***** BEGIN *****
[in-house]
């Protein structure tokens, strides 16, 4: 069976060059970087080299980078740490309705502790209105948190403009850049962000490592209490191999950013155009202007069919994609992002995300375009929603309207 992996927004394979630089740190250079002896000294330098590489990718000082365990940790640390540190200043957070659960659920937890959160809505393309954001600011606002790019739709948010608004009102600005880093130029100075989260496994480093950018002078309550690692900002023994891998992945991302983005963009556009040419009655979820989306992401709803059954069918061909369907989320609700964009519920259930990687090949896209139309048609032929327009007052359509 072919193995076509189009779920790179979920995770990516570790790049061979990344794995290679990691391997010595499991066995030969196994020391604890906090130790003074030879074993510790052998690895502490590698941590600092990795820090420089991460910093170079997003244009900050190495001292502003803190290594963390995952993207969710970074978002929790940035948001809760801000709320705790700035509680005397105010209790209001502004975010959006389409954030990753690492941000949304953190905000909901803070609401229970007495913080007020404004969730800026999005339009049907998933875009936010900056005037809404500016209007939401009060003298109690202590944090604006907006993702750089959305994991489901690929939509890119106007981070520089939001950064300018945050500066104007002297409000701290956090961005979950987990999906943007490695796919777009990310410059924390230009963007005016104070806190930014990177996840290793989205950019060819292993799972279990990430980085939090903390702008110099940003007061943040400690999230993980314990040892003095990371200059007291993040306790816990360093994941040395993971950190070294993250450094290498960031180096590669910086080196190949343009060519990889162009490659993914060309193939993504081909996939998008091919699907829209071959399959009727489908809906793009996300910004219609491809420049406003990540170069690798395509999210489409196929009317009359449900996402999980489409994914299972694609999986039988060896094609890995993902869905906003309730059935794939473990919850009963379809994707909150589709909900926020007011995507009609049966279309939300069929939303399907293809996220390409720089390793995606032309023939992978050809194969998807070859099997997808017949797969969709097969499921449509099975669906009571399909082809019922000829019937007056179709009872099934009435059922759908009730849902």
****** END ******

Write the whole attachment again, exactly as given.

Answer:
[in-house]
């Protein structure tokens, strides 16, 4: 069976060059970087080299980078740490309705502790209105948190403009850049962000490592209490191999950013155009202007069919994609992002995300375009929603309207 992996927004394979630089740190250079002896000294330098590489990718000082365990940790640390540190200043957070659960659920937890959160809505393309954001600011606002790019739709948010608004009102600005880093130029100075989260496994480093950018002078309550690692900002023994891998992945991302983005963009556009040419009655979820989306992401709803059954069918061909369907989320609700964009519920259930990687090949896209139309048609032929327009007052359509 072919193995076509189009779920790179979920995770990516570790790049061979990344794995290679990691391997010595499991066995030969196994020391604890906090130790003074030879074993510790052998690895502490590698941590600092990795820090420089991460910093170079997003244009900050190495001292502003803190290594963390995952993207969710970074978002929790940035948001809760801000709320705790700035509680005397105010209790209001502004975010959006389409954030990753690492941000949304953190905000909901803070609401229970007495913080007020404004969730800026999005339009049907998933875009936010900056005037809404500016209007939401009060003298109690202590944090604006907006993702750089959305994991489901690929939509890119106007981070520089939001950064300018945050500066104007002297409000701290956090961005979950987990999906943007490695796919777009990310410059924390230009963007005016104070806190930014990177996840290793989205950019060819292993799972279990990430980085939090903390702008110099940003007061943040400690999230993980314990040892003095990371200059007291993040306790816990360093994941040395993971950190070294993250450094290498960031180096590669910086080196190949343009060519990889162009490659993914060309193939993504081909996939998008091919699907829209071959399959009727489908809906793009996300910004219609491809420049406003990540170069690798395509999210489409196929009317009359449900996402999980489409994914299972694609999986039988060896094609890995993902869905906003309730059935794939473990919850009963379809994707909150589709909900926020007011995507009609049966279309939300069929939303399907293809996220390409720089390793995606032309023939992978050809194969998807070859099997997808017949797969969709097969499921449509099975669906009571399909082809019922000829019937007056179709009872099934009435059922759908009730849902």